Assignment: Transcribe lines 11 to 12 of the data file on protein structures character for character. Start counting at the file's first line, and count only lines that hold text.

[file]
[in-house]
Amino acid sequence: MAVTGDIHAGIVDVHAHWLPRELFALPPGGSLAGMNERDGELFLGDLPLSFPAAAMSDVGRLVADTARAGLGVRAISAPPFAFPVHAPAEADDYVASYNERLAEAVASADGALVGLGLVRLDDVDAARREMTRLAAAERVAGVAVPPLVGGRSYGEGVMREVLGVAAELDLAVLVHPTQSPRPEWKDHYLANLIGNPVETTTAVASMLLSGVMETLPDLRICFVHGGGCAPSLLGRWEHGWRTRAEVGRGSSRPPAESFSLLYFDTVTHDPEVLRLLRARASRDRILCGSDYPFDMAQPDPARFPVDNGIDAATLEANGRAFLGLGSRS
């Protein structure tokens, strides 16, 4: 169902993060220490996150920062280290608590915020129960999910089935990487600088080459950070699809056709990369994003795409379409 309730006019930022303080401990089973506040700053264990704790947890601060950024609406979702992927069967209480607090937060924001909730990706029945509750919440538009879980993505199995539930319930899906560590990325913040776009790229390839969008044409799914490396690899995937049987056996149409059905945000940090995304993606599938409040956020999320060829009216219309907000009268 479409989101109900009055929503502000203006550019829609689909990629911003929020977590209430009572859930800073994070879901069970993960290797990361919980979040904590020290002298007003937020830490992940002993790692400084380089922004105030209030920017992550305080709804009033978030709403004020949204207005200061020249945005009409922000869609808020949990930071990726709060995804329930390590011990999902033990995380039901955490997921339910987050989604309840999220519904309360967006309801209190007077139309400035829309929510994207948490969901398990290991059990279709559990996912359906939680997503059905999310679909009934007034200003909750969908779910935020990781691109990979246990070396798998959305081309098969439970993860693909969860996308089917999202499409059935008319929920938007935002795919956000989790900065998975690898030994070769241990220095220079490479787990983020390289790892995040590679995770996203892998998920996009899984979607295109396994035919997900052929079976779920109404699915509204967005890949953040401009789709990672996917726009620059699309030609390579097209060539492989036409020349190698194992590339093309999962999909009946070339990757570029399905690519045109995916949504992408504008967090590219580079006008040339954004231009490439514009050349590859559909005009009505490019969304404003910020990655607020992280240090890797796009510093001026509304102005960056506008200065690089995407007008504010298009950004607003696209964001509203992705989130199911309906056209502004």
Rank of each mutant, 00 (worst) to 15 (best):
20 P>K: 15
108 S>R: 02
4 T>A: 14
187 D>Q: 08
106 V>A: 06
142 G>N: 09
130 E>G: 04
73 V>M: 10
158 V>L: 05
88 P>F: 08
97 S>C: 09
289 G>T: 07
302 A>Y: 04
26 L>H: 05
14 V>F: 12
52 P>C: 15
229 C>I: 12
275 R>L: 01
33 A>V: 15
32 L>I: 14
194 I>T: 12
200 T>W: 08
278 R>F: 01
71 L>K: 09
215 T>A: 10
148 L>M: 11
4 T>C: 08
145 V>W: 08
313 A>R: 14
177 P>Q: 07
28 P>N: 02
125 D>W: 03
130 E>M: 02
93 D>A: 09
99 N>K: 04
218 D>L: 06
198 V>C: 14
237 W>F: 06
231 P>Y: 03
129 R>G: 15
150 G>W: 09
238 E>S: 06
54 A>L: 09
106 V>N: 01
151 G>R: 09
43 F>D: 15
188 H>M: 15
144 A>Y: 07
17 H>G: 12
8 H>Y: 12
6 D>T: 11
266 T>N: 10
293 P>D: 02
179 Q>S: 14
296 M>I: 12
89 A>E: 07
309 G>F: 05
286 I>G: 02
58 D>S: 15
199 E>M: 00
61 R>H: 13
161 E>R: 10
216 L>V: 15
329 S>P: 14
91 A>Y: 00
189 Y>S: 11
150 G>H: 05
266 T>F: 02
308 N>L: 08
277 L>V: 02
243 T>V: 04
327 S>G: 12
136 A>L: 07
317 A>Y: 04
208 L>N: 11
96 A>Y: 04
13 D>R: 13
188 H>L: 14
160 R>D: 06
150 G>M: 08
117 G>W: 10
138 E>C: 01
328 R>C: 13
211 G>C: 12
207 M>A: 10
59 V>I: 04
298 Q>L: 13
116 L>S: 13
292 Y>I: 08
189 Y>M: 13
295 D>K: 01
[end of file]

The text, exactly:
130 E>G: 04
73 V>M: 10